What Is Monk Fruit Sweetener and Is It a Healthy Option?
Find out more about monk fruit extract, the low-calorie sweetener that is actually sweeter than sugar.
You’re probably super familiar with Stevia, the popular sugar substitute derived from the Stevia plant. but what about monk fruit extract, another calorie-free sweetener that’s become trendy among health-conscious eaters over the last few years?
According to the FDA, monk fruit extract can taste up to 250 times sweeter than standard table sugar—thanks to chemical compounds called mogrosides, which give the fruit its characteristic sweetness. But where does monk fruit come from, and is this sweetener actually good for you? We reached out to a nutritionist for the facts.
Benefits of monk fruit extract
Monk fruit extract comes from monk fruit, or luo han guo, a melon-like fruit that grows on a vine and is native to parts of China and Thailand. “The sweetener is made by juicing the fruit and processing it into crystal form,” explains Frances Largeman-Roth, RDN, New York City–based nutrition expert and author of Eating in Color. (Monk fruit extract is also made into a liquid.)
With zero calories, the FDA-approved extract doesn’t raise blood sugar levels like standard table sugar does. That makes it a great alternative for diabetics, according to Largeman-Roth.
Drawbacks of monk fruit extract
Monk fruit extract may be considered "natural," but that doesn’t mean it’s unprocessed or 100% pure. “Monk fruit is often combined with other sweeteners, or with sugar and molasses,” notes Largeman-Roth. The problem? If it’s combined with sugar, it’s no longer calorie-free.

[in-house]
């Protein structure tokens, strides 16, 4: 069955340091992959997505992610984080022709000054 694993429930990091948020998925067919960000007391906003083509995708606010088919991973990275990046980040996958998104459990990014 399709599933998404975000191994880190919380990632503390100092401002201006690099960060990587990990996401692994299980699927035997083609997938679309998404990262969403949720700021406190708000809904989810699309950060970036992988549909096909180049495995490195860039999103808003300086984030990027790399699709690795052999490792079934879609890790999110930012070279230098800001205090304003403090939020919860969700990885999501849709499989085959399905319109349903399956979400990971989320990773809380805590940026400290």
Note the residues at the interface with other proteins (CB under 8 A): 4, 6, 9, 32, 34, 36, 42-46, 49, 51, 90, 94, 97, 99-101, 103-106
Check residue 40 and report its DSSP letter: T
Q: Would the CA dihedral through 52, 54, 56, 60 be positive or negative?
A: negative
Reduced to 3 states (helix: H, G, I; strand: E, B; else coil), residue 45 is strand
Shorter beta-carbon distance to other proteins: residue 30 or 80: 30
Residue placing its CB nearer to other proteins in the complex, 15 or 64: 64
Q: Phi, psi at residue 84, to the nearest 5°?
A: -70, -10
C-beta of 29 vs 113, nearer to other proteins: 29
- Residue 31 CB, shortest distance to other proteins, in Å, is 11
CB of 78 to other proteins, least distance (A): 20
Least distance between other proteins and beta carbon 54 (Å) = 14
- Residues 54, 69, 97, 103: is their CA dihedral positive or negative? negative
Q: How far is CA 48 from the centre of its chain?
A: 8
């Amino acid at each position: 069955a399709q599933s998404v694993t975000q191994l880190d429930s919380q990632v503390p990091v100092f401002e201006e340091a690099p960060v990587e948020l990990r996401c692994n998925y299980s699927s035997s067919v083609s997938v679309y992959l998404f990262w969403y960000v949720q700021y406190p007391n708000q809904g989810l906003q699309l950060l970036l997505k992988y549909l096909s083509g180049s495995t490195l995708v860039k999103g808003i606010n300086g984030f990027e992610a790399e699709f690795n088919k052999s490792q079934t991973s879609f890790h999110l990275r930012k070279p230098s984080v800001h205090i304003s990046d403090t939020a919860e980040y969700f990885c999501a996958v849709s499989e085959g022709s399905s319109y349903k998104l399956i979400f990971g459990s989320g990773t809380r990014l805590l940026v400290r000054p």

Yet combining monk fruit extract with another non-nutritive (in other words, zero-calorie) sweetener, like the popular sugar alcohol erythritol, isn’t ideal either. “Erythritol can cause gastrointestinal issues like gas and diarrhea, especially among people with IBS,” says Largeman-Roth.
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Research also suggests that sweetening food and drinks can actually intensify sugar cravings, not satisfy them. “My overall philosophy on sweeteners is that Americans are used to things tasting incredibly sweet, so I caution against overuse of artificial and naturally derived but calorie-free sweeteners that can taste hundreds of times sweeter than sugar,” says Largeman-Roth.
Where to buy monk fruit extract
How to use monk fruit extract
Like other sweeteners, monk fruit extract can be added to foods or drinks to enhance sweetness without excess calories. Be sure to use it sparingly. “You can add monk fruit extract to beverages, oatmeal, baked goods, and other things that you’d like to taste sweeter,” says Largeman-Roth. “Just remember that you only need to use a tiny amount because it tastes so much sweeter than sugar.”
This Story Originally Appeared On Health